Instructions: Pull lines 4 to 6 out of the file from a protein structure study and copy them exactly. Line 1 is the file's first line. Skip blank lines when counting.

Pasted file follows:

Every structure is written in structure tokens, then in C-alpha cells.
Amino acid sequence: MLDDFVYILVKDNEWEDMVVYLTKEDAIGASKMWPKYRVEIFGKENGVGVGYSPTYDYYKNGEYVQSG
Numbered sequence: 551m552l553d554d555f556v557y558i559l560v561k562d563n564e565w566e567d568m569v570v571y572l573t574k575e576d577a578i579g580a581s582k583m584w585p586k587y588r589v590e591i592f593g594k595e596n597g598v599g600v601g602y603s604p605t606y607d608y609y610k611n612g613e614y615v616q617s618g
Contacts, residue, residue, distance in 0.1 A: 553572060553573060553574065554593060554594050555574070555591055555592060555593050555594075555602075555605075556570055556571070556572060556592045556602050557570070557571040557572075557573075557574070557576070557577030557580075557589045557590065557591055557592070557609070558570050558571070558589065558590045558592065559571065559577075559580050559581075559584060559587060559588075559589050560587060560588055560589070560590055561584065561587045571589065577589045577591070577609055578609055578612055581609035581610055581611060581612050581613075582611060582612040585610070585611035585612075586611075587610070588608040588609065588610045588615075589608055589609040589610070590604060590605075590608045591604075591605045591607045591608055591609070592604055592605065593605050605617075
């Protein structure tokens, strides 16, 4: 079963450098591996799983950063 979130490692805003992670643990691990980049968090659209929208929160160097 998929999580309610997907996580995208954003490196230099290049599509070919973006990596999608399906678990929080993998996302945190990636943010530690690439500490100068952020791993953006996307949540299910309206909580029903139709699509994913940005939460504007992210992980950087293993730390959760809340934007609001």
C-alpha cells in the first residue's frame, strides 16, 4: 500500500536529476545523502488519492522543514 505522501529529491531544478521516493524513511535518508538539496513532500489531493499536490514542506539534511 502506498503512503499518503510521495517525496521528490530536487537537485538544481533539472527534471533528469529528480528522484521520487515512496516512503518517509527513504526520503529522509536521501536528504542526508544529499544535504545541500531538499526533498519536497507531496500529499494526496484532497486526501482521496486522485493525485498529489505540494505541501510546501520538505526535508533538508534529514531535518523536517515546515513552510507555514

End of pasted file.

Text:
Contacts, residue, residue, distance in 0.1 A: 553572060553573060553574065554593060554594050555574070555591055555592060555593050555594075555602075555605075556570055556571070556572060556592045556602050557570070557571040557572075557573075557574070557576070557577030557580075557589045557590065557591055557592070557609070558570050558571070558589065558590045558592065559571065559577075559580050559581075559584060559587060559588075559589050560587060560588055560589070560590055561584065561587045571589065577589045577591070577609055578609055578612055581609035581610055581611060581612050581613075582611060582612040585610070585611035585612075586611075587610070588608040588609065588610045588615075589608055589609040589610070590604060590605075590608045591604075591605045591607045591608055591609070592604055592605065593605050605617075
């Protein structure tokens, strides 16, 4: 079963450098591996799983950063 979130490692805003992670643990691990980049968090659209929208929160160097 998929999580309610997907996580995208954003490196230099290049599509070919973006990596999608399906678990929080993998996302945190990636943010530690690439500490100068952020791993953006996307949540299910309206909580029903139709699509994913940005939460504007992210992980950087293993730390959760809340934007609001």
C-alpha cells in the first residue's frame, strides 16, 4: 500500500536529476545523502488519492522543514 505522501529529491531544478521516493524513511535518508538539496513532500489531493499536490514542506539534511 502506498503512503499518503510521495517525496521528490530536487537537485538544481533539472527534471533528469529528480528522484521520487515512496516512503518517509527513504526520503529522509536521501536528504542526508544529499544535504545541500531538499526533498519536497507531496500529499494526496484532497486526501482521496486522485493525485498529489505540494505541501510546501520538505526535508533538508534529514531535518523536517515546515513552510507555514